Under the Pahlavis the Haifan Baha'is thrived economically as well as politically in Iran, enjoying enormous perks and privileges with the elite of that regime. Following the August 1953 coup d'etat against Mossadegh, for example, industrialist and business tycoon Habib Sabet (d. 1990) --- a lifelong member of the Iranian Baha'i leadership until the eve of the Islamic Revolution in 1979 --- was awarded the Pepsi Cola and Iranian Radio & Television franchises by Muhammad-Reza Shah Pahlavi (d. 1980) for his role in supporting the Shah during that crisis. Additionally, the father of Prime Minister Amir Abbas Hoveyda (d. 1979) had been a lifelong Baha'i who had even acted for some time in the official capacity of a personal secretary to ʿAbdul-Baha in Palestine -- Amir Abbas Hoveyda himself being a Freemason. The Shah's personal physician, General ʿAbdu'l-Karim Ayadi (d. 1978), a long time royal court insider and crony to his twin sister Ashraf Pahlavi (d. 2016), was a Baha'i. The notorious Sangsari criminal warlord and underworld figure, Hozhabr Yazdani (d. 2010), was a Baha'i. Parviz Sabeti, the deputy-head of SAVAK --- being the man credited for much of the violent excesses committed by that state security organization against the Shah's opposition throughout the 1960s and 1970s --- was a Baha'i (albeit the Baha'i establishment vehemently denies the fact at present). Countless other examples such as this could be furnished from that era. So given this, the Haifan Baha'is obviously occupied a privileged place as a pillar of the Pahlavi ancien regime as they arguably remain to the Empire's anti-Iran initiatives presently.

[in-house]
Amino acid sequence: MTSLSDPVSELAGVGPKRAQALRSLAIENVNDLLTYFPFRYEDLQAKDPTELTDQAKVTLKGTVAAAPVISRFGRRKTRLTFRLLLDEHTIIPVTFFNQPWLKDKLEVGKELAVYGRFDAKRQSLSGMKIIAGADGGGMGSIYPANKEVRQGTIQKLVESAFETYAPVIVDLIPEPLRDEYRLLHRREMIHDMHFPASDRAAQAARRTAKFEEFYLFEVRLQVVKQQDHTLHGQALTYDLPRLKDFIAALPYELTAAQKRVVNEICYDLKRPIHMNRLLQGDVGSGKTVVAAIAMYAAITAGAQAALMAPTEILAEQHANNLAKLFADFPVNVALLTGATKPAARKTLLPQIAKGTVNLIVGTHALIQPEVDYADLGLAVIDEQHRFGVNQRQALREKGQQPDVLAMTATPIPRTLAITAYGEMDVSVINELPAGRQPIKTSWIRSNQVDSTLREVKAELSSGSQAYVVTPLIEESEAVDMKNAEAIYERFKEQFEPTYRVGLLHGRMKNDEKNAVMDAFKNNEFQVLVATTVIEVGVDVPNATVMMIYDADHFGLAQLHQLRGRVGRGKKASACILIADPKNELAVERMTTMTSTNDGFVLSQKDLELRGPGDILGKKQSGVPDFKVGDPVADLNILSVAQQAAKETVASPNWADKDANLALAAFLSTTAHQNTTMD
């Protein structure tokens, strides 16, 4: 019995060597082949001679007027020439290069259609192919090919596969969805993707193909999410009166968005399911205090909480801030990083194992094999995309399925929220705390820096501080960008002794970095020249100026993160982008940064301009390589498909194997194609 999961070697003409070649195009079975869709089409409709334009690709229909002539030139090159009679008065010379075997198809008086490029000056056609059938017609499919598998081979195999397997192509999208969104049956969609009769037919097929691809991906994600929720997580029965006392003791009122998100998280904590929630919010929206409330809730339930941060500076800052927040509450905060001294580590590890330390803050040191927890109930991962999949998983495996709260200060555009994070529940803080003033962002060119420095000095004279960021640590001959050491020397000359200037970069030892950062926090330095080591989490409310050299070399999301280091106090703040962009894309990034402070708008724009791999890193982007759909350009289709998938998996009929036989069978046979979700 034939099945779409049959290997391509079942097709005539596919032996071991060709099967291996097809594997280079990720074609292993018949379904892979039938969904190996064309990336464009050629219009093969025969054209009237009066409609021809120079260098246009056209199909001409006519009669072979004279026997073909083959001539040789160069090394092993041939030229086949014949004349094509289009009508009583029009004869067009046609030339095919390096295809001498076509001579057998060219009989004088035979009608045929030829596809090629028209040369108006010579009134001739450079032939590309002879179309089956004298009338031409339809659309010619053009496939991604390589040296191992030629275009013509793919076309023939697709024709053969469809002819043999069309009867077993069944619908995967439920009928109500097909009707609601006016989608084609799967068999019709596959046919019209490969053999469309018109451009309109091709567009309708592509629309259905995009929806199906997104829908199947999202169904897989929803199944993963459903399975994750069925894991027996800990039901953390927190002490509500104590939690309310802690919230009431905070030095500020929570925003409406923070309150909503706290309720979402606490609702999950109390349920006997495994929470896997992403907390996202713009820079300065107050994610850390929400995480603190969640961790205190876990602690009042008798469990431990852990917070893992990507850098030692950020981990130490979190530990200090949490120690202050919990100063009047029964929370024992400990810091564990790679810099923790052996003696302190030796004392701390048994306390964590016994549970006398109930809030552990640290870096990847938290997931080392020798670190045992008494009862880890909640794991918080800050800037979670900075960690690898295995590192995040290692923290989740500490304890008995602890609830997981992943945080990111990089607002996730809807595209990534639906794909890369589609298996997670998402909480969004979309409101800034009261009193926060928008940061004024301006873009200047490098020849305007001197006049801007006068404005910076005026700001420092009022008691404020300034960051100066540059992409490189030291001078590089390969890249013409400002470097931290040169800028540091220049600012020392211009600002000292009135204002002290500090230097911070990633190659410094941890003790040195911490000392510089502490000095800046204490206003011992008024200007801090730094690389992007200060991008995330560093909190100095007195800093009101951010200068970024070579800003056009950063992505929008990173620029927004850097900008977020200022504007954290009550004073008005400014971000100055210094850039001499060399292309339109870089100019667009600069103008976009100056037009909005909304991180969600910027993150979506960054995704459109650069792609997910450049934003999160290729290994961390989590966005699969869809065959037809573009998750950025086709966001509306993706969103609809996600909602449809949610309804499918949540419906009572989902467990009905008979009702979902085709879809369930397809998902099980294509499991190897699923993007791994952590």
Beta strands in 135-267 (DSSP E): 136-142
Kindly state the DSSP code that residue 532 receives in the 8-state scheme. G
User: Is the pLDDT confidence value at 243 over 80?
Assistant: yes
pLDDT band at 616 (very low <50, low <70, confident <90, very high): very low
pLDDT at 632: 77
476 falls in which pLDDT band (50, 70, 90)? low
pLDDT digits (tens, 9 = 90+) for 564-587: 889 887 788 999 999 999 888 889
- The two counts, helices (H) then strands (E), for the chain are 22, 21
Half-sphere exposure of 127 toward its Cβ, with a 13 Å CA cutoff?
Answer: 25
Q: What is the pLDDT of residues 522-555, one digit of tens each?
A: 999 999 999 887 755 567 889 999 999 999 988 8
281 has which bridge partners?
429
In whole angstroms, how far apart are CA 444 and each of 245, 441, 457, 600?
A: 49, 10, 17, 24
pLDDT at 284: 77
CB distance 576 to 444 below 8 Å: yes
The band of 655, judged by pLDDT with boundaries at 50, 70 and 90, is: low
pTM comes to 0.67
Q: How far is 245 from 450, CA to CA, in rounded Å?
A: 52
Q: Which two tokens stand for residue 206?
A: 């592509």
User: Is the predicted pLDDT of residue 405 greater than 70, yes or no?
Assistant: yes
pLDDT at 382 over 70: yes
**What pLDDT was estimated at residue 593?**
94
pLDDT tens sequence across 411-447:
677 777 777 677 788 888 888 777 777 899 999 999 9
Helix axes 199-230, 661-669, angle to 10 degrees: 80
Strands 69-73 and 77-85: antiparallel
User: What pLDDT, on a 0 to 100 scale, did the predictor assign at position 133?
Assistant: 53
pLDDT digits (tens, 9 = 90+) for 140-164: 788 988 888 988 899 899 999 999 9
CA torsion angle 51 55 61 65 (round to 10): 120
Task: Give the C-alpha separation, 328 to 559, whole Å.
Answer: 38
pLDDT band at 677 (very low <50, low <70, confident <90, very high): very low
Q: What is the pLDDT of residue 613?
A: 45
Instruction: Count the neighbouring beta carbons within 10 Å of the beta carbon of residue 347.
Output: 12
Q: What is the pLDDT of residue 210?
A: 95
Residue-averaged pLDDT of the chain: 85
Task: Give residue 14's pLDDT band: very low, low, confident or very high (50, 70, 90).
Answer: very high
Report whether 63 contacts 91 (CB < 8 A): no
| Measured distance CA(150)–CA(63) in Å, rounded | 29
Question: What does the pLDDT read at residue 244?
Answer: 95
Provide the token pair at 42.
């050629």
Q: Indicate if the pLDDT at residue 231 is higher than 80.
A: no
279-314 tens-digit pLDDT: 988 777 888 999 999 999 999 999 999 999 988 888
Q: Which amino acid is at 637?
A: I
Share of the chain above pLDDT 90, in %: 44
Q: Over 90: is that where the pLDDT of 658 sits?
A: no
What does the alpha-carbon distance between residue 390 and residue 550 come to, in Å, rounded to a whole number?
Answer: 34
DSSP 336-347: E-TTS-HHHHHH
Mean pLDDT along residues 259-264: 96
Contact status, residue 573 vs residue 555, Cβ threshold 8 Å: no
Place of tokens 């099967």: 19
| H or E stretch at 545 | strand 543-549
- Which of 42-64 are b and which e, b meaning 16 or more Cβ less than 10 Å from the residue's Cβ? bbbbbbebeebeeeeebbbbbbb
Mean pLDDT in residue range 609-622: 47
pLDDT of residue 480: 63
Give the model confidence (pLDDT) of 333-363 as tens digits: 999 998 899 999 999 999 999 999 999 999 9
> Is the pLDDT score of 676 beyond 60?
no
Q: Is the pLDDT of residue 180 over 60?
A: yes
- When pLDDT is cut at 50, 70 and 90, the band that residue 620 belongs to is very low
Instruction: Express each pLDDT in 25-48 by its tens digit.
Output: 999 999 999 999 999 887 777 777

Be that as it may, technically speaking, the Islamic Republic of Iran, while it does not constitutionally recognize or accord legitimacy to Bahaism as a creed, has no state sponsored policy of persecuting Bahaism either. Baha'is as Iranian citizens are legally accorded full citizenship rights under the law in Iran. It is their creed (together with its organization and activities) which is not recognized, or granted legal privileges, and not their rights as citizens per se. This fact is consistently misrepresented, confused or totally glossed over in silence in the West. Nevertheless, besides the fact that at all stages of its history Bahaism has been consistently sponsored and supported by the forces of Anglo-European imperialism and colonialism against the interests and security of Iran; the issues the Islamic Republic of Iran currently has with the activities of Bahaism have to do primarily with the reality that the Haifan Baha'i organization and its leadership have consistently enjoyed a tightly knit relationship with the state of Israel, its establishment and state apparatus. The Israeli establishment, quite literally, has gone out of its way to protect the Baha'is since 1948 and in turn the Baha'is themselves have been one of the biggest beneficiaries of the Zionist state. The reader is invited to Google pictures of their Baha'i World Centre in Haifa to see for themselves the kind of allowances the Israeli state has made to this organization in the construction of their megalomaniacal Hanging Gardens of Babylon on Mt Carmel. Independent Israeli filmmaker Naama Pyritz even confessed during her 2004 interview of Frederick Glaysher what she believed to be the Haifan Baha'i organization's inordinately 'special relationship' with the Israeli state (as well as with the United States and Great Britain): a special relationship which no other community or organization in Israel presently enjoys [10].

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Wahid Azal is an independent scholar and political commentator living in Berlin, Germany.